Our capital city's enthusiastic adoption of the moniker Wellywood may have seemed a bit crass and derivative to the rest of the country - which managed to talk the city out of displaying its provincialism to visitors with the word writ large on the hills overlooking the airport - but our investigation today of movie subsidies shows the title would not be out of place.
Sir Peter Jackson's production base in Miramar appears to be one of the big players in international movie making competing with Hollywood itself. It would make a glittering case for the value of public subsidies and other supports for industry were it not for the fact that it has been subsidised for decades and its dependence on public money has not diminished. In fact it is growing.
Nippert reports the cost to the New Zealand taxpayers has doubled in the last decade, from 12.5 to 25 per cent of production costs. About two thirds comes back to the Government in tax from activities related to the productions. To argue the public investment generates a financial return for the taxpayer, all sorts of spin-off benefits through tourism and technology have to be calculated.
The latest attempt to do that, by an economic consultancy, Sapere Group, reckons those benefits "significantly outweigh" the cost of grants. But the Government has just released its report with two reviews of it by consultants who say the evidence for that conclusion is weak and slight changes in its underlying assumptions would show film subsidies were retarding the economy. In other words, the money would be better used for a genuinely profitable purpose.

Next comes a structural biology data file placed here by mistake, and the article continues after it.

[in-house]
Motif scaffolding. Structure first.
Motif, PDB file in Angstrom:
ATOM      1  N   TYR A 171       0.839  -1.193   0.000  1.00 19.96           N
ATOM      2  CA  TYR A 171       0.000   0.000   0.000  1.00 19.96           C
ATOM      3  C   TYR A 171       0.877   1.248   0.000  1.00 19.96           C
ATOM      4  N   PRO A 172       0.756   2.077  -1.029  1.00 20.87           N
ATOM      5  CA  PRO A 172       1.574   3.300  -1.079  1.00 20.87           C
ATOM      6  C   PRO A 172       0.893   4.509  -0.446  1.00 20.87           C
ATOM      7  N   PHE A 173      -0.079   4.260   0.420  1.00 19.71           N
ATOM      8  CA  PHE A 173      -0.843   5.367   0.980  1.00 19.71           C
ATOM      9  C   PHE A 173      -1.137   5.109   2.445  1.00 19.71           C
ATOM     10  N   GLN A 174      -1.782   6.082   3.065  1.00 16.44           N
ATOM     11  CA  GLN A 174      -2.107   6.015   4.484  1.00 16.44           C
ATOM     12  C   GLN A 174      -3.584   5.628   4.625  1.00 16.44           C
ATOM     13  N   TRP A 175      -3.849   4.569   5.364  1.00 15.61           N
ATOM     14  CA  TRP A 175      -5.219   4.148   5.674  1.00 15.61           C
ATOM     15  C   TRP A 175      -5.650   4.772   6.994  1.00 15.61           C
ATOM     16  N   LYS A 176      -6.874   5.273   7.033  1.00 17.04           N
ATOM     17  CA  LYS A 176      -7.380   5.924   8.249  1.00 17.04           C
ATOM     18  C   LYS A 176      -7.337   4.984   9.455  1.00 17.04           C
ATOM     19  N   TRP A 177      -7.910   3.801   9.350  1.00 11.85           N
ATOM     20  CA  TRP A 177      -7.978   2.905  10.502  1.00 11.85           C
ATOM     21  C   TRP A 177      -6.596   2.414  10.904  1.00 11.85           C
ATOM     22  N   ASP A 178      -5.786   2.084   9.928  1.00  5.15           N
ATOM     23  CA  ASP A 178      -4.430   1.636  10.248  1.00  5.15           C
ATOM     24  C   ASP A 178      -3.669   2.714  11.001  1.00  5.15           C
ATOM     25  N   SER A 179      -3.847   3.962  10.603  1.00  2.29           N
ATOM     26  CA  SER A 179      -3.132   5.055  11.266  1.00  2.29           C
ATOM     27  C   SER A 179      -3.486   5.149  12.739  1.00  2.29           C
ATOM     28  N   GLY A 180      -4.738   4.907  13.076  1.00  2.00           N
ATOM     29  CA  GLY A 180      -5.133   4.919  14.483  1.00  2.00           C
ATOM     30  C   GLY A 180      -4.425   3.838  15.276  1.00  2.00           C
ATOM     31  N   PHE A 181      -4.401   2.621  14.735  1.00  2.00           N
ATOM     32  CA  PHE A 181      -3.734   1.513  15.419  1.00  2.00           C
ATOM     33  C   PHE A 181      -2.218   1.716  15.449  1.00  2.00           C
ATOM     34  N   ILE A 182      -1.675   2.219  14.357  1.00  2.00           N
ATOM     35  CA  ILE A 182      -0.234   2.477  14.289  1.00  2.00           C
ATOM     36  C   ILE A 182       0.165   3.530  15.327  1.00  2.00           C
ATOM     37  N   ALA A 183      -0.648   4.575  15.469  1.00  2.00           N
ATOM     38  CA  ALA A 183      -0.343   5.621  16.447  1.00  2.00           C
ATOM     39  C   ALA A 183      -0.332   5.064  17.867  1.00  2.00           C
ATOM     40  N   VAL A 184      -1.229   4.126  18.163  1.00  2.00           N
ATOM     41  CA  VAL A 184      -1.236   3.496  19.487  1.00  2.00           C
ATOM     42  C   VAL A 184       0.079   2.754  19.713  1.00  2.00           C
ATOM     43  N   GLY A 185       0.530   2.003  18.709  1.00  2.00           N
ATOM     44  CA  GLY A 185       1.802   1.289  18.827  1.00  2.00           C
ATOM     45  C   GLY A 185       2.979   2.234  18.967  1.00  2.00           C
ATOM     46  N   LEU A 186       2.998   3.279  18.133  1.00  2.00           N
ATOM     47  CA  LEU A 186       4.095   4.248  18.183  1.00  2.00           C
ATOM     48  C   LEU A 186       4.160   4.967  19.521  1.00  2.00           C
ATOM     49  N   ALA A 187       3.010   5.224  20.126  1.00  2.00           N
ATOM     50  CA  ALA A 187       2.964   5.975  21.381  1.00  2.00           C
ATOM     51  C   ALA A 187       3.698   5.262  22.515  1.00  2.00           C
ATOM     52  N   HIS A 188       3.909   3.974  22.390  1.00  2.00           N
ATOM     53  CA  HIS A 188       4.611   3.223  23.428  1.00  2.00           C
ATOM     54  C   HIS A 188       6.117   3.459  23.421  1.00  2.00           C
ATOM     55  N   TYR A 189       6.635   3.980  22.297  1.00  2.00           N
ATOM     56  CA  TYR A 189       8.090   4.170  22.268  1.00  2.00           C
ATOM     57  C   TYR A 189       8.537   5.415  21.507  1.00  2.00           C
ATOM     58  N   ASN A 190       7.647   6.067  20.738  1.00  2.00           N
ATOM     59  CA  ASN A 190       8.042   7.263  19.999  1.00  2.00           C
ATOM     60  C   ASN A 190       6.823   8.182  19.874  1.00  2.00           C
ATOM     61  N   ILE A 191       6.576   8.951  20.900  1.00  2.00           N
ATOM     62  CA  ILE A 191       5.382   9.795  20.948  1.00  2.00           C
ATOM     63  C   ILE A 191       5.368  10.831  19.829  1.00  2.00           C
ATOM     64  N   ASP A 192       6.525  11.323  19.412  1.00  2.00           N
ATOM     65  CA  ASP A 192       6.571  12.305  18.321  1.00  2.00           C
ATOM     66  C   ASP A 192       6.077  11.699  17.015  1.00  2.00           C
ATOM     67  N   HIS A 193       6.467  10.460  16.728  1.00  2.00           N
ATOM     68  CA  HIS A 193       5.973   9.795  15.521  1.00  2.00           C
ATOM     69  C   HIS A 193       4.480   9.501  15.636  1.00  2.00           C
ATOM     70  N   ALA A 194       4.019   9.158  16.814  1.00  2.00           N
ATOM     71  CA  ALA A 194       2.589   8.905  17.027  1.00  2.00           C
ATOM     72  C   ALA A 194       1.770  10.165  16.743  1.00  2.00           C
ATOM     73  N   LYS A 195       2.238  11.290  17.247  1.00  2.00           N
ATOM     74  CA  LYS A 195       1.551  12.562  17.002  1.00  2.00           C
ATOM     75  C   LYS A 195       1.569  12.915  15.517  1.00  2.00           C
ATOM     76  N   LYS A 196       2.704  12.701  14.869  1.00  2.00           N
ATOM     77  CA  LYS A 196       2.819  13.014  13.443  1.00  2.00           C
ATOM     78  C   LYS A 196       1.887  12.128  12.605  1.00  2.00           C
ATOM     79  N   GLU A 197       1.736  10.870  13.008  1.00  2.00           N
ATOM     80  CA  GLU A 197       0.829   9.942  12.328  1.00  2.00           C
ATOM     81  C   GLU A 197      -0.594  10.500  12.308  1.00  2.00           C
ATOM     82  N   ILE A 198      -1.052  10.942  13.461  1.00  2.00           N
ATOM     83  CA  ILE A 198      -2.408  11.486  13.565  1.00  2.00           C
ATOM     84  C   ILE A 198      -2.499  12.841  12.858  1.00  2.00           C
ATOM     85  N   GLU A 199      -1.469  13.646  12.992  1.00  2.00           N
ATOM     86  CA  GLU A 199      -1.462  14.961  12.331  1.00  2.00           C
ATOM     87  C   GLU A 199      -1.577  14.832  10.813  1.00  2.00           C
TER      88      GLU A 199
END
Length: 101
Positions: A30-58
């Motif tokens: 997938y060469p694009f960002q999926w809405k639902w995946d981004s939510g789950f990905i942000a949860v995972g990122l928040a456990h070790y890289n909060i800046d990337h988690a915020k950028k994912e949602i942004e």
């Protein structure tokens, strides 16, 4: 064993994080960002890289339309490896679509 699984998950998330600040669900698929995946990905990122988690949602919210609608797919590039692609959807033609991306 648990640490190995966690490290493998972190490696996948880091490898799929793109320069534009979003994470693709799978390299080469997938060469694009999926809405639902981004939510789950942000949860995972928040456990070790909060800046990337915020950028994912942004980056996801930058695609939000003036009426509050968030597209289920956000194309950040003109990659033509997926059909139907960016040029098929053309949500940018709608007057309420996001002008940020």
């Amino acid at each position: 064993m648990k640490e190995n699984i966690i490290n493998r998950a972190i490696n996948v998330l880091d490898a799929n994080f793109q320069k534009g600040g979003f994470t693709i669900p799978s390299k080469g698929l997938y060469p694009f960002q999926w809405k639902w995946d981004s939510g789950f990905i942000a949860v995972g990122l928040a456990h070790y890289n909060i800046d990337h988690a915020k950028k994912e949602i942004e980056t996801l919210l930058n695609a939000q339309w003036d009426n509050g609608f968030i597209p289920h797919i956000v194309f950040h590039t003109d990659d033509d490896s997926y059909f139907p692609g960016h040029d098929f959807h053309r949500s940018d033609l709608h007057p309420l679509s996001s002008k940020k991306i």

The film industry is just about the only commercial sector in this country that was allowed to continue to receive public subsidies after 1984 when all other investment was exposed to the test of value in international markets. The local film industry's case for continued subsidies has always been based on the fact that its international competitors are subsidised too. But that is an argument our farmers could have made in 1984 and every year since.
So how has the film industry managed to remain an exception to the fundamental rule of a market economy? The question is especially difficult to answer because the subsidies go to foreign, mostly American, film studios to lure their productions here. As Jackson says, "not a cent" of public money goes directly into his business. Without offering those incentives, he says, we would not have a film industry.
The lengths our governments have gone to to attract work for Wellywood were starkly illustrated when National changed industrial law to accommodate Warner Brothers, an act which has not endeared Labour to the incentives. Economic Development Minister David Parker tells us today the new Government is contemplating a cap on the amounts it will pay to bring productions here and it might alter National's "Hobbit law" to give actors more security.
It is hard to measure the value of the Lord of the Rings trilogy to New Zealand, because it has become part of our folklore as well as a tourist attraction.
Weta Workshop and associated entities are a source point of artistic and technological pride. But the economic benefits may be as illusory as everything they create.